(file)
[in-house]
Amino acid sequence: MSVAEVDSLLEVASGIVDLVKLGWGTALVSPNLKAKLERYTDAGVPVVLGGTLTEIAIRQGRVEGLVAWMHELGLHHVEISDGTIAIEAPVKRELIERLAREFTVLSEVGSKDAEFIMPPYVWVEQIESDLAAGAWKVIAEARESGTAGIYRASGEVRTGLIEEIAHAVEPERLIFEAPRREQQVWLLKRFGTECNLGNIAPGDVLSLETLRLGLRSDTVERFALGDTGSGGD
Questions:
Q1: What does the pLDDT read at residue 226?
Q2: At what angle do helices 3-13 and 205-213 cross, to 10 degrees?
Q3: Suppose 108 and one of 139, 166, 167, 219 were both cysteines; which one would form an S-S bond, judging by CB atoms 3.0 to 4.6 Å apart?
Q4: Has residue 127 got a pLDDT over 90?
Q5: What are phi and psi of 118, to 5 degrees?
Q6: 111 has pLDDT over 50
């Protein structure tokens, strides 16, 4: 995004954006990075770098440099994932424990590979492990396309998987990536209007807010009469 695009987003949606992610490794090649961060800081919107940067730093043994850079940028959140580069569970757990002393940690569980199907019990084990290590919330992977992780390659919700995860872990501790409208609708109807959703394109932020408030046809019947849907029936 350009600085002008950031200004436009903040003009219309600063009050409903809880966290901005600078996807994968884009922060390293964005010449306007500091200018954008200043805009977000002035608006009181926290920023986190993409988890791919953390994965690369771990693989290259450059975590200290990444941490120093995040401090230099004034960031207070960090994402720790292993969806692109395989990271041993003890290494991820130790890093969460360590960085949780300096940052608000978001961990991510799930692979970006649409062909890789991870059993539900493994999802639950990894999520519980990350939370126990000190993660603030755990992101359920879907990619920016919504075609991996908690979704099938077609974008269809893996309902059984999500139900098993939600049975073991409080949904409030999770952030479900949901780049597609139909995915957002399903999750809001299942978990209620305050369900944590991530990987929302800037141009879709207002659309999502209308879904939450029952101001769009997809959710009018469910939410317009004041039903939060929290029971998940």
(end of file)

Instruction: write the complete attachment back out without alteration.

[in-house]
Amino acid sequence: MSVAEVDSLLEVASGIVDLVKLGWGTALVSPNLKAKLERYTDAGVPVVLGGTLTEIAIRQGRVEGLVAWMHELGLHHVEISDGTIAIEAPVKRELIERLAREFTVLSEVGSKDAEFIMPPYVWVEQIESDLAAGAWKVIAEARESGTAGIYRASGEVRTGLIEEIAHAVEPERLIFEAPRREQQVWLLKRFGTECNLGNIAPGDVLSLETLRLGLRSDTVERFALGDTGSGGD
Questions:
Q1: What does the pLDDT read at residue 226?
Q2: At what angle do helices 3-13 and 205-213 cross, to 10 degrees?
Q3: Suppose 108 and one of 139, 166, 167, 219 were both cysteines; which one would form an S-S bond, judging by CB atoms 3.0 to 4.6 Å apart?
Q4: Has residue 127 got a pLDDT over 90?
Q5: What are phi and psi of 118, to 5 degrees?
Q6: 111 has pLDDT over 50
């Protein structure tokens, strides 16, 4: 995004954006990075770098440099994932424990590979492990396309998987990536209007807010009469 695009987003949606992610490794090649961060800081919107940067730093043994850079940028959140580069569970757990002393940690569980199907019990084990290590919330992977992780390659919700995860872990501790409208609708109807959703394109932020408030046809019947849907029936 350009600085002008950031200004436009903040003009219309600063009050409903809880966290901005600078996807994968884009922060390293964005010449306007500091200018954008200043805009977000002035608006009181926290920023986190993409988890791919953390994965690369771990693989290259450059975590200290990444941490120093995040401090230099004034960031207070960090994402720790292993969806692109395989990271041993003890290494991820130790890093969460360590960085949780300096940052608000978001961990991510799930692979970006649409062909890789991870059993539900493994999802639950990894999520519980990350939370126990000190993660603030755990992101359920879907990619920016919504075609991996908690979704099938077609974008269809893996309902059984999500139900098993939600049975073991409080949904409030999770952030479900949901780049597609139909995915957002399903999750809001299942978990209620305050369900944590991530990987929302800037141009879709207002659309999502209308879904939450029952101001769009997809959710009018469910939410317009004041039903939060929290029971998940």